Tyler Gallagher
Jul 29 · 9 min read

I had the pleasure of interviewing First Interstate Bank’s Marcy Mutch.

Thank you so much for joining us! Can you tell us the “backstory” about what brought you to the Banking/Finance field?

As a kid, I enjoyed working at my grandfather’s store in the summer and helping with the bookkeeping. I’ve always liked order and structure, so pursuing a college major in accounting seemed like a natural extension of these themes. With the exception of one brief blip when I considered teaching, I stuck with that decision. I worked in public accounting for 19 years, with one of my first jobs at a bank on a directors exam. I transitioned out of public accounting when I went to work for a bank holding company client. When that bank was acquired, First Interstate reached out and I came here. I’ve now been here 13 years, and for good reason — the opportunities and pathways for growth have been incredible.

I believe finance is a wonderful field for men or women, because you can parlay these skills in a multitude of disciplines. Not only does it provide opportunities across all industries, it also allows work schedule flexibility and the ability to work remotely, should that best accommodate your personal situation.

Can you share with our readers the most interesting or amusing story that occurred to you in your career so far? Can you share the lesson or take away you took out of that story?

The most interesting story about my career was also my biggest opportunity. I received a phone call when our executives were on the road raising funds during our initial public offering nine years ago, asking me to be the First Interstate investor relations officer. I wasn’t initially clear on what that meant — there are very few publicly traded companies in Montana — but I said “yes” even though I wasn’t sure where it would lead me.

The beauty of accepting that role is that I was able to use and refine skills outside those of traditional accounting, such as writing, public speaking and evaluating messaging. It meant I was involved with every part of our organization, working directly with the executive team. I believe it was the first step in leading me to my job today.

Are you working on any exciting new projects now? How do you think that will help people?

We are working on quite a few projects at First Interstate, many centered around digital transformation. Specific to finance, we just converted our accounting systems to a new platform to provide us additional scalability and greater efficiencies. This has been a huge undertaking on the accounting side, and not only will it help my team, it will also improve how we share information and data with the rest of the organization.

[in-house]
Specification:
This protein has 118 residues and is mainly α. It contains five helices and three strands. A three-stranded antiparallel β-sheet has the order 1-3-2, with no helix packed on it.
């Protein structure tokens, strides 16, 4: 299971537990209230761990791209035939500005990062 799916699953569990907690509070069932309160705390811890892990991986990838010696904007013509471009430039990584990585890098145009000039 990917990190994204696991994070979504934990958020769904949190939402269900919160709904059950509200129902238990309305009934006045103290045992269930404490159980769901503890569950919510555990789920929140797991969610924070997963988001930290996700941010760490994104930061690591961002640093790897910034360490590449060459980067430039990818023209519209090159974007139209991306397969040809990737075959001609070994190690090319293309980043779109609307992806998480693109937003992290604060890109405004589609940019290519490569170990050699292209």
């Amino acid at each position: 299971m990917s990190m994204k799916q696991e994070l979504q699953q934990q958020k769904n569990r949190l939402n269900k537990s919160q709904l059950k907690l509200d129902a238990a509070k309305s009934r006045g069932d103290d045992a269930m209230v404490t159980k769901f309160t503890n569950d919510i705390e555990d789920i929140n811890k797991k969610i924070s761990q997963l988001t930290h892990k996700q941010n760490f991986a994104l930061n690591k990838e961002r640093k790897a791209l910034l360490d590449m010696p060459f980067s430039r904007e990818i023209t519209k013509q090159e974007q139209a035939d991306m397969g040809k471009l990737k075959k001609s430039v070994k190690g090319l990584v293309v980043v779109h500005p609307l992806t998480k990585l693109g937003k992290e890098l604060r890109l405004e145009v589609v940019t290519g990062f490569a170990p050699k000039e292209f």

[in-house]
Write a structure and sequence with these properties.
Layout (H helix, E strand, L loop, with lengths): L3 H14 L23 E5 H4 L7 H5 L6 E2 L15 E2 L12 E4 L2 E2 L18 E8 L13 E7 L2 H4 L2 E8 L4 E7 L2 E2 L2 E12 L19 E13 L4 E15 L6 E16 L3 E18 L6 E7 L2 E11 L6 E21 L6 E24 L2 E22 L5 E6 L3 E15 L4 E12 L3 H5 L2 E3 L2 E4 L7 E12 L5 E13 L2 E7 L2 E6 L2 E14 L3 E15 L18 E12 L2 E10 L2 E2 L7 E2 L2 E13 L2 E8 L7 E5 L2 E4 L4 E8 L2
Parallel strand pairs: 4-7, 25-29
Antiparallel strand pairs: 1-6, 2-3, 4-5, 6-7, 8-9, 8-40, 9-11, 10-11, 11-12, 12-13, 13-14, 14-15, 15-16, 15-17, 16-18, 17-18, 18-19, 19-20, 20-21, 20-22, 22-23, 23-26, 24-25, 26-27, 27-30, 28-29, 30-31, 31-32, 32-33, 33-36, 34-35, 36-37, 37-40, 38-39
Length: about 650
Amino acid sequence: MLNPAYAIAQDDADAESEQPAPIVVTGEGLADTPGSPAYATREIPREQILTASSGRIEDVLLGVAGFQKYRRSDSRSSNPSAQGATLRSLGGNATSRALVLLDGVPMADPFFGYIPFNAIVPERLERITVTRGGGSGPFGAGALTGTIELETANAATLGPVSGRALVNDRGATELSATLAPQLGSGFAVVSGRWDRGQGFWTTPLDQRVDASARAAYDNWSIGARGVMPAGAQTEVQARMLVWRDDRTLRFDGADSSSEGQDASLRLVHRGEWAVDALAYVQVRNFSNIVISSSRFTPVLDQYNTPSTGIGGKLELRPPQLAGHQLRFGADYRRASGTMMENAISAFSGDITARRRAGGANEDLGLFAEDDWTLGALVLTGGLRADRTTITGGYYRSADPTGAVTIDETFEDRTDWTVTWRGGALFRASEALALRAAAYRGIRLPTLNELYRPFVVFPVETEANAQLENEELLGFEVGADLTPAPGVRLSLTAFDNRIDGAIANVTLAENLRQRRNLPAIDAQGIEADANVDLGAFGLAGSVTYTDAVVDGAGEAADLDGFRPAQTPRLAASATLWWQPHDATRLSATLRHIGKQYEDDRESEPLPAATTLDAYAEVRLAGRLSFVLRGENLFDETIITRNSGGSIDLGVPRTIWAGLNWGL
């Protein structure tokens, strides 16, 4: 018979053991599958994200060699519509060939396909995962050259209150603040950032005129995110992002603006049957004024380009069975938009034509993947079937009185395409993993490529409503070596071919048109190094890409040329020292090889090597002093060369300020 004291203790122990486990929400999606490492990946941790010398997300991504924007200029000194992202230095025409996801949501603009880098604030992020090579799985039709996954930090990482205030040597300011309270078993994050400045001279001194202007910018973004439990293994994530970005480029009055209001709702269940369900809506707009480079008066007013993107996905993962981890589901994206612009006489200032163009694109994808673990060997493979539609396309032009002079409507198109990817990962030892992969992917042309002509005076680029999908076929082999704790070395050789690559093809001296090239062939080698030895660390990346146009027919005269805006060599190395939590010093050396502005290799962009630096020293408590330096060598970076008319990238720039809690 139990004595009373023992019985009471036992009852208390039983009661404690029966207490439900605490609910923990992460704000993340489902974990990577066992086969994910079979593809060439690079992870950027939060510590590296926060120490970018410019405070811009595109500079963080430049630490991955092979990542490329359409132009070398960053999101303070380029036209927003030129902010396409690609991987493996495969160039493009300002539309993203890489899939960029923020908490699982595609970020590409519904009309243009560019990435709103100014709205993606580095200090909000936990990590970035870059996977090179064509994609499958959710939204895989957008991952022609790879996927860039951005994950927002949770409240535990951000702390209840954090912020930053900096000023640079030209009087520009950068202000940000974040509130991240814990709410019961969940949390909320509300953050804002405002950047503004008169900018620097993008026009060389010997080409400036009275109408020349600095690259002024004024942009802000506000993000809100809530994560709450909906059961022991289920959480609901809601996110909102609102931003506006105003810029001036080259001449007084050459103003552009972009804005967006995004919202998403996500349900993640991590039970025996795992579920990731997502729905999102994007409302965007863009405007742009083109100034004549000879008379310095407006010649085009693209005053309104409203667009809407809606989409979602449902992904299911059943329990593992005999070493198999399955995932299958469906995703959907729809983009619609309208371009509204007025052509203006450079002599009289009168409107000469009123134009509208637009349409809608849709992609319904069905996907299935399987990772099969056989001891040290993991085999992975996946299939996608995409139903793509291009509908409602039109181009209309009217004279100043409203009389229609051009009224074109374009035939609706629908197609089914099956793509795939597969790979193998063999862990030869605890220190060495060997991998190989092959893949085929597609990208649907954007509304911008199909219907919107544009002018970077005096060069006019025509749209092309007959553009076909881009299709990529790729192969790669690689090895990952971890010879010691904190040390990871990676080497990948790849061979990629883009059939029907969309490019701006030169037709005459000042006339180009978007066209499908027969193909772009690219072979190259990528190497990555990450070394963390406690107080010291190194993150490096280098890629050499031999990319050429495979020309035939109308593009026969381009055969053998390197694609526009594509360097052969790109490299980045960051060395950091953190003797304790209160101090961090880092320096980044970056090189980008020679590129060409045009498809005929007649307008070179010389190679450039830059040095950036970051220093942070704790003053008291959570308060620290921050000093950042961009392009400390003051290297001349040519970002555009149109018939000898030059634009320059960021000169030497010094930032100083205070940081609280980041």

What do you think makes your company stand out? Can you share a story?

As I’ve compared First Interstate to other organizations I see, we most notably stand out for our commitment to our employees, our clients and our communities. Throughout our organization (almost 2,500 employees strong) you can see visible signs of people concerned about other people.

For employees, one example is our Employee Assistance Fund. Employees voluntarily donate to a fund that is available for anyone in the company to access should they find themselves in a tough financial situation. So, whether it’s an injury or a sick child or something else, all employees can apply for a grant from the fund to help during difficult times.

For our clients, we spend a significant amount of time and resources evaluating how we can deliver the products and services they want in a manner that works for them. Our company values of seeking excellence and acting with integrity support how we best serve our clients.

For our communities, we are diligent in our commitment to give 2% of our net income before tax annually to the places we call home. In September, we’re shutting our doors for a half day so everyone across the company can volunteer in their communities. We also encourage our employees to serve on local boards and allow them time away from work to do this.

Wall Street and Finance used to be an “all-white boys club”. This has changed a lot recently. In your opinion, what caused this change?

Less than a decade ago it wasn’t unusual to be the only woman in a crowd at most bank-related or investor relations events. Now I’m starting to see at least 10% to 20% more women, which is progress.

Realizing that I’m toward the end of my career, I’ve lived through this transition. Even back when I was in public accounting, women were not readily promoted to leadership roles. It wasn’t ever about lack of talent. I think the shift started to take hold when men in leadership roles became more willing to promote women because they saw the value in a diverse leadership team. It has been exciting to watch talented women confidently step into more significant roles as they have allowed themselves to realize their own potential.

At First Interstate, 65% of our supervisors are women. Across our entire workforce, 73% are women. It’s been proven that a diverse board of directors is more financially successful, and we have several women on our board. It’s rewarding to work for a company that embraces diversity.

Of course, despite the progress, we still have a lot more work to do to achieve parity. According to this report in CNBC, less than 17 percent of senior positions in investment banks are held by women. In your opinion or experience, what 3 things can be done by a) individuals b) companies and/or c) society to support this movement going forward?

1) For individuals, it’s about admitting that we can’t do it all. Sometimes work takes priority; sometimes home does. For women, you have to be able to cope with the unbalance that sometimes creates.

2) Companies need to be more flexible with the work environment when possible, whether that is offering a remote work environment or flexible hours.

3) Society paints an unrealistic picture of the “successful working woman.” I think we need to reset what that vision looks like.